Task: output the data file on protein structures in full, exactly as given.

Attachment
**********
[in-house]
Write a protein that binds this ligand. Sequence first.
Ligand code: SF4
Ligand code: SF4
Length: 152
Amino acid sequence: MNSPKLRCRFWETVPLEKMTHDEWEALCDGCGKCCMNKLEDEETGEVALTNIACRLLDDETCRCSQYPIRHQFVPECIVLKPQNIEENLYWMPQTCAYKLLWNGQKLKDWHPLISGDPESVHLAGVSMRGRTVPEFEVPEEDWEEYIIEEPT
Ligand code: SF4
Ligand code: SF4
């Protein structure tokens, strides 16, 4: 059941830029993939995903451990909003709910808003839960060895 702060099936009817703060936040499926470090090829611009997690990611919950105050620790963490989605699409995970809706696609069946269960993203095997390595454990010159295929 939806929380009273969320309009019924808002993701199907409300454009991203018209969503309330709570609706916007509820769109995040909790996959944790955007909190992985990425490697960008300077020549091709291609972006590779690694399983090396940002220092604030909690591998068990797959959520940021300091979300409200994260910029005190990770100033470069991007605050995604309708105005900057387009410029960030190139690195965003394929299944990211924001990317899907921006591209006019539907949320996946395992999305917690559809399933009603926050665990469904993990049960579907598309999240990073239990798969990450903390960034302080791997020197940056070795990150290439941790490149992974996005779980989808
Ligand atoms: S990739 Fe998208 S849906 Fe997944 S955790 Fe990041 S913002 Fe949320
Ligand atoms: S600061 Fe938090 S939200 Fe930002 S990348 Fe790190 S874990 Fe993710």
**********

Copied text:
[in-house]
Write a protein that binds this ligand. Sequence first.
Ligand code: SF4
Ligand code: SF4
Length: 152
Amino acid sequence: MNSPKLRCRFWETVPLEKMTHDEWEALCDGCGKCCMNKLEDEETGEVALTNIACRLLDDETCRCSQYPIRHQFVPECIVLKPQNIEENLYWMPQTCAYKLLWNGQKLKDWHPLISGDPESVHLAGVSMRGRTVPEFEVPEEDWEEYIIEEPT
Ligand code: SF4
Ligand code: SF4
């Protein structure tokens, strides 16, 4: 059941830029993939995903451990909003709910808003839960060895 702060099936009817703060936040499926470090090829611009997690990611919950105050620790963490989605699409995970809706696609069946269960993203095997390595454990010159295929 939806929380009273969320309009019924808002993701199907409300454009991203018209969503309330709570609706916007509820769109995040909790996959944790955007909190992985990425490697960008300077020549091709291609972006590779690694399983090396940002220092604030909690591998068990797959959520940021300091979300409200994260910029005190990770100033470069991007605050995604309708105005900057387009410029960030190139690195965003394929299944990211924001990317899907921006591209006019539907949320996946395992999305917690559809399933009603926050665990469904993990049960579907598309999240990073239990798969990450903390960034302080791997020197940056070795990150290439941790490149992974996005779980989808
Ligand atoms: S990739 Fe998208 S849906 Fe997944 S955790 Fe990041 S913002 Fe949320
Ligand atoms: S600061 Fe938090 S939200 Fe930002 S990348 Fe790190 S874990 Fe993710």